Environment Canada confirms EF-2 tornado touched down in Barrie, Ont.

Environment Canada has confirmed a tornado that ripped through a neighbourhood in Barrie‘s south end on Thursday afternoon was a category EF-2 tornado.

The weather summary was published early Friday confirming the strength of the twister.

There was a preliminary rating of an EF-2 tornado with maximum wind speeds of 210 kilometres per hour, according to a damage survey team from Environment Canada and Western University.

Read more: ‘Extensive’ damage in Barrie’s south end after tornado moved through region, 9 injured

The majority of the damage from the tornado appeared to be concentrated to around five or six streets near Prince William Way and Mapleview Drive East.

The damage path was about five kilometres long and up to 100 metres wide, the weather agency noted, adding that the damage track may have continued towards Friday Harbour and over Lake Simcoe.

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Images from the area showed shingles blown off rooftops, debris all over properties and along the roads, cars damaged and on their roofs, and major structural damage.

Edward Loveless posted a picture showing damage in a residential neighbourhood after a possible tornado moved through the Barrie area. Edward Loveless / Twitter

Environment Canada said thunderstorms had developed across most of southern Ontario on Thursday afternoon, with one severe thunderstorm that produced a tornado as it moved across Barrie.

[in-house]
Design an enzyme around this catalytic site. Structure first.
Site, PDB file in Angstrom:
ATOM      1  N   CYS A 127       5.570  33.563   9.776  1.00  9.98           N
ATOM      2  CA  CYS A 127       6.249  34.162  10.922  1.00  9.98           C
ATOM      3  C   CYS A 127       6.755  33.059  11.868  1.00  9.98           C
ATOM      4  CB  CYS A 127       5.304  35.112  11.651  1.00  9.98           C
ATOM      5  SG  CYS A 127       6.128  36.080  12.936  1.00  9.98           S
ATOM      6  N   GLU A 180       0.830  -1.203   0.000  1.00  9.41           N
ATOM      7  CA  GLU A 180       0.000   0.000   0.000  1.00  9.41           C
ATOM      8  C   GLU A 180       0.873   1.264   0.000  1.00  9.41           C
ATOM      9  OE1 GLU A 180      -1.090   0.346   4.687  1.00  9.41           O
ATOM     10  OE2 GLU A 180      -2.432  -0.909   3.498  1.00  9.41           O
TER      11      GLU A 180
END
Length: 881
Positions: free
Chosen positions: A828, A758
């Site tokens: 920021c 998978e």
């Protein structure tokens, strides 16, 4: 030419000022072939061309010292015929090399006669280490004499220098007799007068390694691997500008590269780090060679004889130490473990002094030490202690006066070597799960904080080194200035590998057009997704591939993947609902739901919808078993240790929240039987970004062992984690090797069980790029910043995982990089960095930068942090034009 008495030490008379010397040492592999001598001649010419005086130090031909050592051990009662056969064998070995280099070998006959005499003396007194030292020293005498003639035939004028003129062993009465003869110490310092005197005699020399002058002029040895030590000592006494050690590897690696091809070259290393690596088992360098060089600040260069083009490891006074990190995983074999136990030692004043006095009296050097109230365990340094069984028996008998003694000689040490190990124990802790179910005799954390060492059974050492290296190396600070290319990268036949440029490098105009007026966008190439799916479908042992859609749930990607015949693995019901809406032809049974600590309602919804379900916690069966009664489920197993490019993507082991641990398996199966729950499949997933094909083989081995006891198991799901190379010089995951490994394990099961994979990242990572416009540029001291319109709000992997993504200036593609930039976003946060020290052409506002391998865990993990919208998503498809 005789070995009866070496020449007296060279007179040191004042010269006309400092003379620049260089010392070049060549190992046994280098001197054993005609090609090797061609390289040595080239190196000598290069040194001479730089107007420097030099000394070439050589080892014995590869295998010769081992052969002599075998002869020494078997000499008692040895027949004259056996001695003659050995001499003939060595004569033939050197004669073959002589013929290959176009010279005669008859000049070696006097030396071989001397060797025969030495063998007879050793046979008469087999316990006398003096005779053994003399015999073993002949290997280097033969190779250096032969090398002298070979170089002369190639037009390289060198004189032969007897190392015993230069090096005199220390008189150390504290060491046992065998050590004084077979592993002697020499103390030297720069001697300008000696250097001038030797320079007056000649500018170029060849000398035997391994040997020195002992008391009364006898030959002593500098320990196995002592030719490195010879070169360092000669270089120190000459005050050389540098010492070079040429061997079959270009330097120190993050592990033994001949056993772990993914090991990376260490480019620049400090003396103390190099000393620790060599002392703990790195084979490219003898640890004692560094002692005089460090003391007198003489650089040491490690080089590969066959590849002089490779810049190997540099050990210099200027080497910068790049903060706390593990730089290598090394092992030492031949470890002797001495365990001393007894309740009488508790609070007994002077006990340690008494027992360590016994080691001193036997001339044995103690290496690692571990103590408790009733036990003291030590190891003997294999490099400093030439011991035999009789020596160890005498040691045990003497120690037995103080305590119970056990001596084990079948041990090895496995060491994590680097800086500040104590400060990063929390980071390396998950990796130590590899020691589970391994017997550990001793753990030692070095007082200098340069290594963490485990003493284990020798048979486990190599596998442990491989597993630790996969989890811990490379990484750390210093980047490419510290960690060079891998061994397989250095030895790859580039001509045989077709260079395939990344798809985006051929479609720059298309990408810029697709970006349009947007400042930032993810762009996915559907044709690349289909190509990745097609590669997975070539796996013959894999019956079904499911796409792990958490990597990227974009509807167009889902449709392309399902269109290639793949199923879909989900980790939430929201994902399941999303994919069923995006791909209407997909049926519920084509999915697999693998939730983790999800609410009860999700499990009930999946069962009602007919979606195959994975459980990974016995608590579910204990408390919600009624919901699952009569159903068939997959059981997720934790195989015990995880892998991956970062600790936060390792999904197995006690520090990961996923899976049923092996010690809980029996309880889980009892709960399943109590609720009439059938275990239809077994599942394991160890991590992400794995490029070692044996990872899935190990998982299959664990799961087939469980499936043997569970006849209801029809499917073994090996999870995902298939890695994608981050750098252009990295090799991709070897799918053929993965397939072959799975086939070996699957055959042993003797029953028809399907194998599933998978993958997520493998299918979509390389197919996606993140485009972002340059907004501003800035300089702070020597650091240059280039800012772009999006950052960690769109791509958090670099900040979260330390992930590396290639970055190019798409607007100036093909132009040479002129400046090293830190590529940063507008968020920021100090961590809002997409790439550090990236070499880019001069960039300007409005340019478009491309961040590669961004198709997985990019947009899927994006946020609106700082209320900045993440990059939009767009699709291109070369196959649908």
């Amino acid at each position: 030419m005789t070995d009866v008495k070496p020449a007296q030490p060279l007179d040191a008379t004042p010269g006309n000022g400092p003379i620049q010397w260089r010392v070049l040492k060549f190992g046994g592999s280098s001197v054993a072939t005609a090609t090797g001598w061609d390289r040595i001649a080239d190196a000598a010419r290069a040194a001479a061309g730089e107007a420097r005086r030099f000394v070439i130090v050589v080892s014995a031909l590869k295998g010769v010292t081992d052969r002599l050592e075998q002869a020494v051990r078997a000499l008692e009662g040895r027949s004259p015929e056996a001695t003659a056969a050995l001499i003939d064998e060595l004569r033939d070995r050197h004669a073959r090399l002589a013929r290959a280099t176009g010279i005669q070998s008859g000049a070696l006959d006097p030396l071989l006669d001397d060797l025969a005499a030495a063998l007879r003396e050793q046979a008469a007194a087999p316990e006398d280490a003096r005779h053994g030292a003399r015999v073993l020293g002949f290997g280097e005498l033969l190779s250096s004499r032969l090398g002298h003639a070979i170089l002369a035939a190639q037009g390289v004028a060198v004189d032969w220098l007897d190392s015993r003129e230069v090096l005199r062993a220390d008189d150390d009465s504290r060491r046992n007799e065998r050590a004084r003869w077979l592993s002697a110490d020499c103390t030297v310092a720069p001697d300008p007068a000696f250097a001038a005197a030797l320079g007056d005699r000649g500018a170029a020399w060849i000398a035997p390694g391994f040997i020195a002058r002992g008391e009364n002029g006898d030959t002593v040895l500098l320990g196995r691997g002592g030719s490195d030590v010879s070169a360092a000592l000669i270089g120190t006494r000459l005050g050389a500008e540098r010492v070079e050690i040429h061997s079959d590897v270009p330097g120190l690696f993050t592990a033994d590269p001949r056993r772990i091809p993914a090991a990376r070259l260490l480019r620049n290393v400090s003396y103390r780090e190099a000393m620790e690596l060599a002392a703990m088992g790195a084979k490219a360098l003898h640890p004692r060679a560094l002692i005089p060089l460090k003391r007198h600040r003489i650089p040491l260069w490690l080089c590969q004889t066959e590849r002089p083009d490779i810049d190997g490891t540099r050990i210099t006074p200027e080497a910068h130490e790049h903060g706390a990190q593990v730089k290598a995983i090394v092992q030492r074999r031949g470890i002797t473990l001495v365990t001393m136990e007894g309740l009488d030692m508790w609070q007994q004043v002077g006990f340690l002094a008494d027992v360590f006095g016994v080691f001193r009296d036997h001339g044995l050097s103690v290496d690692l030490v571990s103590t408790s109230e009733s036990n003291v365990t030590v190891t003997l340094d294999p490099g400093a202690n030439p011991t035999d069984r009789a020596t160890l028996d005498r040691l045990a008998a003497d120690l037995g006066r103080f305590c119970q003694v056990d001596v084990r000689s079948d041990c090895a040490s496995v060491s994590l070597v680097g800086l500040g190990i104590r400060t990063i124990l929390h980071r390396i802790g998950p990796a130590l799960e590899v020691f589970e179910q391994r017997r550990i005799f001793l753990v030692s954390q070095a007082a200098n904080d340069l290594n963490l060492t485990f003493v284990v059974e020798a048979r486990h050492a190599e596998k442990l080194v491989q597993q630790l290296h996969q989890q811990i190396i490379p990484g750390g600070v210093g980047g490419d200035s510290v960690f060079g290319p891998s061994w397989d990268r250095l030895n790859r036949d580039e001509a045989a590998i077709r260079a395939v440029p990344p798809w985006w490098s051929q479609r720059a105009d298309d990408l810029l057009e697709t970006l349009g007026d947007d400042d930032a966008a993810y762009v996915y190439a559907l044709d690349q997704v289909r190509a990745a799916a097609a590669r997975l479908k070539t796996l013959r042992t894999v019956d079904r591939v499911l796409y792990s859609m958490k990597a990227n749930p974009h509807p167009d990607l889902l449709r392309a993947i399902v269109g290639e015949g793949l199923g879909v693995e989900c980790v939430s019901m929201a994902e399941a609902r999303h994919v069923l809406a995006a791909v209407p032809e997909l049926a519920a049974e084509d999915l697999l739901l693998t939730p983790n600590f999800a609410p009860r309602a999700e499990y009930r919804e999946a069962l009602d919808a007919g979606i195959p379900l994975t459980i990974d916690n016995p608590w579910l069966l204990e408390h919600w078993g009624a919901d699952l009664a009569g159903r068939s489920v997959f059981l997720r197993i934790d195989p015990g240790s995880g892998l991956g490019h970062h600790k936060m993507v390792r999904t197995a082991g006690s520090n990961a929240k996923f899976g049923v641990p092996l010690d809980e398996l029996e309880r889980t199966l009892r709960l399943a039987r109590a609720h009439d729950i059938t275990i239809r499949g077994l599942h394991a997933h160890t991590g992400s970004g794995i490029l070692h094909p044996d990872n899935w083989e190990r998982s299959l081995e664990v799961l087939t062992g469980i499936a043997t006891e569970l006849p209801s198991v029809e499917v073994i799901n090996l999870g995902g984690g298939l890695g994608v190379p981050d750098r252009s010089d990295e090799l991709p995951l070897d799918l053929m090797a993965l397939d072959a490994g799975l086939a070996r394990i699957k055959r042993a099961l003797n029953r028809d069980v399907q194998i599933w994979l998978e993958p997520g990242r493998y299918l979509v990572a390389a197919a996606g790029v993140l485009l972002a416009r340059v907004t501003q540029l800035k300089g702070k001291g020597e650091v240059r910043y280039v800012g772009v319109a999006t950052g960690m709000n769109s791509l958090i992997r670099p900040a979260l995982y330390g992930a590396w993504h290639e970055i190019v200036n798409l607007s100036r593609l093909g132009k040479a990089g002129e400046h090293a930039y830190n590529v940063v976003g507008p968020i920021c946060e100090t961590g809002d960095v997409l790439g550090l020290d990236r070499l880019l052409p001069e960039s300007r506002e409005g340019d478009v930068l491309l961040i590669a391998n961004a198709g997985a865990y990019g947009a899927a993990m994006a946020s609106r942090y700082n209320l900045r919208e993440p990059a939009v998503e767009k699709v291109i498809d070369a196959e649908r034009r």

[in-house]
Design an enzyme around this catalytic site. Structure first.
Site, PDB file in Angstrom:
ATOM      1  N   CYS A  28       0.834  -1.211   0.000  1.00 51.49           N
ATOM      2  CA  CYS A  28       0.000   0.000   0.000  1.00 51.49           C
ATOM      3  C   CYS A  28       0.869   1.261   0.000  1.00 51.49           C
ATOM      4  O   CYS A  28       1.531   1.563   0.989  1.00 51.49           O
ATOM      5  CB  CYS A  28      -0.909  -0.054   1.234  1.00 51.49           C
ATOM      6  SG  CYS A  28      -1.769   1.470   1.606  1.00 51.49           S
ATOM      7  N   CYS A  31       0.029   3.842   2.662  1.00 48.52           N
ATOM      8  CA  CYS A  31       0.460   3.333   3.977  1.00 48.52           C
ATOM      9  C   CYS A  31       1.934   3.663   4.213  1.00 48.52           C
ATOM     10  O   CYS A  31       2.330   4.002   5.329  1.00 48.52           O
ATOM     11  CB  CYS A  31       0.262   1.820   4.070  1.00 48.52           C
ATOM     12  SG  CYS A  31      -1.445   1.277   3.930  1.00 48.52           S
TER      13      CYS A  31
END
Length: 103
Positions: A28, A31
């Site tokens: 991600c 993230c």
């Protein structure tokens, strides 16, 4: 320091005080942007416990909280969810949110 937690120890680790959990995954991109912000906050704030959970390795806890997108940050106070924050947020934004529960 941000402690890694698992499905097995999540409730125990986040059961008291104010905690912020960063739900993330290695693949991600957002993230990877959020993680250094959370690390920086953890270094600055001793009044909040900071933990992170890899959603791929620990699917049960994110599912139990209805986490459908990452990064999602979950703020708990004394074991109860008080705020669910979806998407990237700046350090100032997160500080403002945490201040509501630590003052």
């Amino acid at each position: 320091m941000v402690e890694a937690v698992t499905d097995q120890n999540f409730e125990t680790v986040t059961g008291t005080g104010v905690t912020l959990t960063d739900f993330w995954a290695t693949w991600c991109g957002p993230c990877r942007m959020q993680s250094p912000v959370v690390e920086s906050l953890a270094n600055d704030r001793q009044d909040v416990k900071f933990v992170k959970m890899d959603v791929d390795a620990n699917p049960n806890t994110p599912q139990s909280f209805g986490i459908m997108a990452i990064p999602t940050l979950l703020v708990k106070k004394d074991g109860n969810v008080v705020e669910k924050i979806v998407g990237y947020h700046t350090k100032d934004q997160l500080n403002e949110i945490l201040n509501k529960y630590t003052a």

It was just after 2:30 p.m. when a tornado tracked from a miniature golf course on Huronia Road and Mapleview Drive and continued eastward towards Prince William Way, the weather agency said.

Read more: Photos, videos posted online show extensive Barrie tornado aftermath

The tornado caused significant damage on the north side of Mapleview Drive, Environment Canada said.

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“Trees were uprooted or toppled, and at least 10 roofs were removed,” the weather summary read.  “The second floor was destroyed or removed from 2 houses.”

“A couple vehicles were overturned. Roof shingles were damaged or removed from a number of other homes along the damage track from the tornado.”

The Enhanced Fujita (EF) scale is a measurement tool used by meteorologists to rate the intensity of tornados in some countries such as Canada and is based on the damage they cause. Scaling starts at EF-0 (minor damage) to EF-5, which is incredible and devastating damage.

A resident surveys the damage left after a tornado touched down in his neighbourhood, in Barrie, Ont., on Thursday, July 15, 2021. THE CANADIAN PRESS/Christopher Katsarov

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